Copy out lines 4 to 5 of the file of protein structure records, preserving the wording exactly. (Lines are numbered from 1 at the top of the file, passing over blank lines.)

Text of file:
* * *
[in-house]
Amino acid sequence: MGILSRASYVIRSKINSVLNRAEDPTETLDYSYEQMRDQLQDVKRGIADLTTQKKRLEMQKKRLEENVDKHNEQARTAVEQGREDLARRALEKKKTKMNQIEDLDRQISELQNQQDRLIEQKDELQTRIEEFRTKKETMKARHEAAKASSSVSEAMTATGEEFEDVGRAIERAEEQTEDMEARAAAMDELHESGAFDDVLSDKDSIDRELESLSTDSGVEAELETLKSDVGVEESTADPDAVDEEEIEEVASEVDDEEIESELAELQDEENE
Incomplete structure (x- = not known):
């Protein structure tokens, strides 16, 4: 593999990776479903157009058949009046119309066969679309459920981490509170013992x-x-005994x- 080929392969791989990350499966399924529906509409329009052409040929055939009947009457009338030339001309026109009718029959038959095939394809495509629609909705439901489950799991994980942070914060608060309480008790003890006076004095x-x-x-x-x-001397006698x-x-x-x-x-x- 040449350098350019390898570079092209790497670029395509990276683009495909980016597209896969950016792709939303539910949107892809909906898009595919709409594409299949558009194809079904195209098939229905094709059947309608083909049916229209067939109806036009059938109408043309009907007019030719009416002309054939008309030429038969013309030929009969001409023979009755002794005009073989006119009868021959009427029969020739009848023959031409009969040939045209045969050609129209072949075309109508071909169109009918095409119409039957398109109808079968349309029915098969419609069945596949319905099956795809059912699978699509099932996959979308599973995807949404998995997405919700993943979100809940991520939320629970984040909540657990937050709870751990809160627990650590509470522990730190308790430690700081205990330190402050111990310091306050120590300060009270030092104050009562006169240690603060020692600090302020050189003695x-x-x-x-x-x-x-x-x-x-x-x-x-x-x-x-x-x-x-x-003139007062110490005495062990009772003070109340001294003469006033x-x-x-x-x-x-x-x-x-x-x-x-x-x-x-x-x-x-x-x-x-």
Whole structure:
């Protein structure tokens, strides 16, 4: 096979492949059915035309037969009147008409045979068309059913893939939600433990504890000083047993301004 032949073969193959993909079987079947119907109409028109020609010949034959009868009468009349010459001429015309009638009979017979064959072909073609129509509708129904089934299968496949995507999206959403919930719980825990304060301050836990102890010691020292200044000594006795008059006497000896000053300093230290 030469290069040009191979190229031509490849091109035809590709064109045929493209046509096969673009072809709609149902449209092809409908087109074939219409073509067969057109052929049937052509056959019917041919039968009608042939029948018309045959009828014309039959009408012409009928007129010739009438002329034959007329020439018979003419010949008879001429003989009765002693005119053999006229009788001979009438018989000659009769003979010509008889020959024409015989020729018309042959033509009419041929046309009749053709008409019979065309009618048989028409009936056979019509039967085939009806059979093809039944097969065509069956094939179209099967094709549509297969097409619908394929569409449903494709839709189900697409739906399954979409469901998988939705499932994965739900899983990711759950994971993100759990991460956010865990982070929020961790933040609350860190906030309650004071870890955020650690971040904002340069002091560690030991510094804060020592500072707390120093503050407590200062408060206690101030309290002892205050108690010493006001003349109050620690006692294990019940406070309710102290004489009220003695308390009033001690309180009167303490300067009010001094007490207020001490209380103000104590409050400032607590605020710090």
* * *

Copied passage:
């Protein structure tokens, strides 16, 4: 593999990776479903157009058949009046119309066969679309459920981490509170013992x-x-005994x- 080929392969791989990350499966399924529906509409329009052409040929055939009947009457009338030339001309026109009718029959038959095939394809495509629609909705439901489950799991994980942070914060608060309480008790003890006076004095x-x-x-x-x-001397006698x-x-x-x-x-x- 040449350098350019390898570079092209790497670029395509990276683009495909980016597209896969950016792709939303539910949107892809909906898009595919709409594409299949558009194809079904195209098939229905094709059947309608083909049916229209067939109806036009059938109408043309009907007019030719009416002309054939008309030429038969013309030929009969001409023979009755002794005009073989006119009868021959009427029969020739009848023959031409009969040939045209045969050609129209072949075309109508071909169109009918095409119409039957398109109808079968349309029915098969419609069945596949319905099956795809059912699978699509099932996959979308599973995807949404998995997405919700993943979100809940991520939320629970984040909540657990937050709870751990809160627990650590509470522990730190308790430690700081205990330190402050111990310091306050120590300060009270030092104050009562006169240690603060020692600090302020050189003695x-x-x-x-x-x-x-x-x-x-x-x-x-x-x-x-x-x-x-x-003139007062110490005495062990009772003070109340001294003469006033x-x-x-x-x-x-x-x-x-x-x-x-x-x-x-x-x-x-x-x-x-």
Whole structure: